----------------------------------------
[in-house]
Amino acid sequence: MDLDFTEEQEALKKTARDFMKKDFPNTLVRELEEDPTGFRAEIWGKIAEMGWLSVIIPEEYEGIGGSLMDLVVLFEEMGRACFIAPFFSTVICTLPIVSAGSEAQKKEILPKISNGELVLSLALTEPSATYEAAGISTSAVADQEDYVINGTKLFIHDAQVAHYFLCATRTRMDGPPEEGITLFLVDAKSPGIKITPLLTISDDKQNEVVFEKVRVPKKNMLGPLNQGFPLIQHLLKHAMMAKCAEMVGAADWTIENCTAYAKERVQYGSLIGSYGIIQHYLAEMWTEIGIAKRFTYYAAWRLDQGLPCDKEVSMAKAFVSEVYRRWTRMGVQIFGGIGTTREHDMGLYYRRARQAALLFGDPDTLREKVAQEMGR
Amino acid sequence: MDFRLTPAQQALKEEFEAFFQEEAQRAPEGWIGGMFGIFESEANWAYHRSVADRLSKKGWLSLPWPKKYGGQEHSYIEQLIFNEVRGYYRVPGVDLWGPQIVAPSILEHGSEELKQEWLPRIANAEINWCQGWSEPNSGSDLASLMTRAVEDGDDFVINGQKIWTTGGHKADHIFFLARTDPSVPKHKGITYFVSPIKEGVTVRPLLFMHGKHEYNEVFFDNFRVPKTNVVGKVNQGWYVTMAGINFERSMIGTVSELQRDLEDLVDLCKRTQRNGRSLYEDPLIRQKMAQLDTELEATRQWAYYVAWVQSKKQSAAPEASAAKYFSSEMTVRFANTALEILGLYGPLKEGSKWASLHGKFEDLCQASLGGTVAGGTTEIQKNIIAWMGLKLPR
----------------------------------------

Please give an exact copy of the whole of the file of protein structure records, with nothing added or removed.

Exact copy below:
[in-house]
Amino acid sequence: MDLDFTEEQEALKKTARDFMKKDFPNTLVRELEEDPTGFRAEIWGKIAEMGWLSVIIPEEYEGIGGSLMDLVVLFEEMGRACFIAPFFSTVICTLPIVSAGSEAQKKEILPKISNGELVLSLALTEPSATYEAAGISTSAVADQEDYVINGTKLFIHDAQVAHYFLCATRTRMDGPPEEGITLFLVDAKSPGIKITPLLTISDDKQNEVVFEKVRVPKKNMLGPLNQGFPLIQHLLKHAMMAKCAEMVGAADWTIENCTAYAKERVQYGSLIGSYGIIQHYLAEMWTEIGIAKRFTYYAAWRLDQGLPCDKEVSMAKAFVSEVYRRWTRMGVQIFGGIGTTREHDMGLYYRRARQAALLFGDPDTLREKVAQEMGR
Amino acid sequence: MDFRLTPAQQALKEEFEAFFQEEAQRAPEGWIGGMFGIFESEANWAYHRSVADRLSKKGWLSLPWPKKYGGQEHSYIEQLIFNEVRGYYRVPGVDLWGPQIVAPSILEHGSEELKQEWLPRIANAEINWCQGWSEPNSGSDLASLMTRAVEDGDDFVINGQKIWTTGGHKADHIFFLARTDPSVPKHKGITYFVSPIKEGVTVRPLLFMHGKHEYNEVFFDNFRVPKTNVVGKVNQGWYVTMAGINFERSMIGTVSELQRDLEDLVDLCKRTQRNGRSLYEDPLIRQKMAQLDTELEATRQWAYYVAWVQSKKQSAAPEASAAKYFSSEMTVRFANTALEILGLYGPLKEGSKWASLHGKFEDLCQASLGGTVAGGTTEIQKNIIAWMGLKLPR